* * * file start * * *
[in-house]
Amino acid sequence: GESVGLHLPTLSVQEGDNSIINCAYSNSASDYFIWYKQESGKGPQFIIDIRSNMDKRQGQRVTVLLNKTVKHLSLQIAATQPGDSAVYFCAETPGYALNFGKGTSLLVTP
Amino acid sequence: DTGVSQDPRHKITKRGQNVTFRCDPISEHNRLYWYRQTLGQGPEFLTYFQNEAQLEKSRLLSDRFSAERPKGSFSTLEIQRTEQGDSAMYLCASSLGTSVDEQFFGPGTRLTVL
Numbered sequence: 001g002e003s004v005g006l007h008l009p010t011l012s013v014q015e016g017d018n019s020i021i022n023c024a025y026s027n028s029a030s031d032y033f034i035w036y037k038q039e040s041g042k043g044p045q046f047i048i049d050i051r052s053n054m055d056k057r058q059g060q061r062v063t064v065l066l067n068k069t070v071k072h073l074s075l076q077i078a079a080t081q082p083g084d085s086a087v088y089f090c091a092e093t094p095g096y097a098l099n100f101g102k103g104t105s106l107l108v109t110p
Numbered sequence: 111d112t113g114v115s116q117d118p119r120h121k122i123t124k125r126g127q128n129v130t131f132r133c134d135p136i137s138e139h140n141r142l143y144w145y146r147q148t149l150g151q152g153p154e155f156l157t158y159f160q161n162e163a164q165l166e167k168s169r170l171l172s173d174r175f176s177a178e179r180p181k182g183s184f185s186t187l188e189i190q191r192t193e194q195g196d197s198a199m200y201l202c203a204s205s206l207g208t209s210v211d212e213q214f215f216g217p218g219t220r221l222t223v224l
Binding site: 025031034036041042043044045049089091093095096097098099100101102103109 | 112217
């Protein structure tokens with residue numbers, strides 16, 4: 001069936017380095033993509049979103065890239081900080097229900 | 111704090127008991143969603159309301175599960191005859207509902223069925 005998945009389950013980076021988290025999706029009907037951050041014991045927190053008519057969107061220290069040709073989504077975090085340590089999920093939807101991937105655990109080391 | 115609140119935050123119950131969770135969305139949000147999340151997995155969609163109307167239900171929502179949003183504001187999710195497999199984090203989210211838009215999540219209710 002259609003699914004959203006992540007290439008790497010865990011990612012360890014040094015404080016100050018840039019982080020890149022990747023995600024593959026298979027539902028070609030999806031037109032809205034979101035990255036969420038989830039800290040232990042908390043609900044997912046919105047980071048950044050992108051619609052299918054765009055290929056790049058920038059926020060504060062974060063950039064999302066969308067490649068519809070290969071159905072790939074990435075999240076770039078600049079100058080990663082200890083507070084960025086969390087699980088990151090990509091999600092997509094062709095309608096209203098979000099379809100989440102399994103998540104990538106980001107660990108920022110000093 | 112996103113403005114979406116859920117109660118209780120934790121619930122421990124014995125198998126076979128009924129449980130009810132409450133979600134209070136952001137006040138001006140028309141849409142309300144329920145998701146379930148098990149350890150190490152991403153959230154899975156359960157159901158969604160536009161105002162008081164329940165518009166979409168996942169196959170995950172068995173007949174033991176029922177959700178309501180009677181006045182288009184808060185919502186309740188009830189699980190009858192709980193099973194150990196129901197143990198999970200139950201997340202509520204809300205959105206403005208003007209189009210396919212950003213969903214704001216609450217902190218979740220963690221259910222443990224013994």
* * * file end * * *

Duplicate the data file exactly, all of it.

[in-house]
Amino acid sequence: GESVGLHLPTLSVQEGDNSIINCAYSNSASDYFIWYKQESGKGPQFIIDIRSNMDKRQGQRVTVLLNKTVKHLSLQIAATQPGDSAVYFCAETPGYALNFGKGTSLLVTP
Amino acid sequence: DTGVSQDPRHKITKRGQNVTFRCDPISEHNRLYWYRQTLGQGPEFLTYFQNEAQLEKSRLLSDRFSAERPKGSFSTLEIQRTEQGDSAMYLCASSLGTSVDEQFFGPGTRLTVL
Numbered sequence: 001g002e003s004v005g006l007h008l009p010t011l012s013v014q015e016g017d018n019s020i021i022n023c024a025y026s027n028s029a030s031d032y033f034i035w036y037k038q039e040s041g042k043g044p045q046f047i048i049d050i051r052s053n054m055d056k057r058q059g060q061r062v063t064v065l066l067n068k069t070v071k072h073l074s075l076q077i078a079a080t081q082p083g084d085s086a087v088y089f090c091a092e093t094p095g096y097a098l099n100f101g102k103g104t105s106l107l108v109t110p
Numbered sequence: 111d112t113g114v115s116q117d118p119r120h121k122i123t124k125r126g127q128n129v130t131f132r133c134d135p136i137s138e139h140n141r142l143y144w145y146r147q148t149l150g151q152g153p154e155f156l157t158y159f160q161n162e163a164q165l166e167k168s169r170l171l172s173d174r175f176s177a178e179r180p181k182g183s184f185s186t187l188e189i190q191r192t193e194q195g196d197s198a199m200y201l202c203a204s205s206l207g208t209s210v211d212e213q214f215f216g217p218g219t220r221l222t223v224l
Binding site: 025031034036041042043044045049089091093095096097098099100101102103109 | 112217
């Protein structure tokens with residue numbers, strides 16, 4: 001069936017380095033993509049979103065890239081900080097229900 | 111704090127008991143969603159309301175599960191005859207509902223069925 005998945009389950013980076021988290025999706029009907037951050041014991045927190053008519057969107061220290069040709073989504077975090085340590089999920093939807101991937105655990109080391 | 115609140119935050123119950131969770135969305139949000147999340151997995155969609163109307167239900171929502179949003183504001187999710195497999199984090203989210211838009215999540219209710 002259609003699914004959203006992540007290439008790497010865990011990612012360890014040094015404080016100050018840039019982080020890149022990747023995600024593959026298979027539902028070609030999806031037109032809205034979101035990255036969420038989830039800290040232990042908390043609900044997912046919105047980071048950044050992108051619609052299918054765009055290929056790049058920038059926020060504060062974060063950039064999302066969308067490649068519809070290969071159905072790939074990435075999240076770039078600049079100058080990663082200890083507070084960025086969390087699980088990151090990509091999600092997509094062709095309608096209203098979000099379809100989440102399994103998540104990538106980001107660990108920022110000093 | 112996103113403005114979406116859920117109660118209780120934790121619930122421990124014995125198998126076979128009924129449980130009810132409450133979600134209070136952001137006040138001006140028309141849409142309300144329920145998701146379930148098990149350890150190490152991403153959230154899975156359960157159901158969604160536009161105002162008081164329940165518009166979409168996942169196959170995950172068995173007949174033991176029922177959700178309501180009677181006045182288009184808060185919502186309740188009830189699980190009858192709980193099973194150990196129901197143990198999970200139950201997340202509520204809300205959105206403005208003007209189009210396919212950003213969903214704001216609450217902190218979740220963690221259910222443990224013994």